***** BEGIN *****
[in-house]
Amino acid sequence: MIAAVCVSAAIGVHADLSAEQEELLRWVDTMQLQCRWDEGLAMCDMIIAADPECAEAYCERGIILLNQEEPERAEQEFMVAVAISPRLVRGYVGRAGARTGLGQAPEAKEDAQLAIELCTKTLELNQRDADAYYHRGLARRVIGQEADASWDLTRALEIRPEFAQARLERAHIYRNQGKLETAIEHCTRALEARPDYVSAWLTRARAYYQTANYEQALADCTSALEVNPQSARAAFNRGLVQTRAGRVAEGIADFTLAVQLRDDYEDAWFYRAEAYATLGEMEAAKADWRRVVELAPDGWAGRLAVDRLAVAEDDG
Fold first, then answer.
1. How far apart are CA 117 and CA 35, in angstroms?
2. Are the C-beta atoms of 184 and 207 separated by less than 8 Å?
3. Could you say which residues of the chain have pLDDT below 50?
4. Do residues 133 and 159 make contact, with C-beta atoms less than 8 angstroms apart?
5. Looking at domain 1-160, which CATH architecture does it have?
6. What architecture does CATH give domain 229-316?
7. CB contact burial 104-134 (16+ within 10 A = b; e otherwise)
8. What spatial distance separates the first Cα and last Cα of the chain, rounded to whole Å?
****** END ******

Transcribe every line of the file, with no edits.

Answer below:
[in-house]
Amino acid sequence: MIAAVCVSAAIGVHADLSAEQEELLRWVDTMQLQCRWDEGLAMCDMIIAADPECAEAYCERGIILLNQEEPERAEQEFMVAVAISPRLVRGYVGRAGARTGLGQAPEAKEDAQLAIELCTKTLELNQRDADAYYHRGLARRVIGQEADASWDLTRALEIRPEFAQARLERAHIYRNQGKLETAIEHCTRALEARPDYVSAWLTRARAYYQTANYEQALADCTSALEVNPQSARAAFNRGLVQTRAGRVAEGIADFTLAVQLRDDYEDAWFYRAEAYATLGEMEAAKADWRRVVELAPDGWAGRLAVDRLAVAEDDG
Fold first, then answer.
1. How far apart are CA 117 and CA 35, in angstroms?
2. Are the C-beta atoms of 184 and 207 separated by less than 8 Å?
3. Could you say which residues of the chain have pLDDT below 50?
4. Do residues 133 and 159 make contact, with C-beta atoms less than 8 angstroms apart?
5. Looking at domain 1-160, which CATH architecture does it have?
6. What architecture does CATH give domain 229-316?
7. CB contact burial 104-134 (16+ within 10 A = b; e otherwise)
8. What spatial distance separates the first Cα and last Cα of the chain, rounded to whole Å?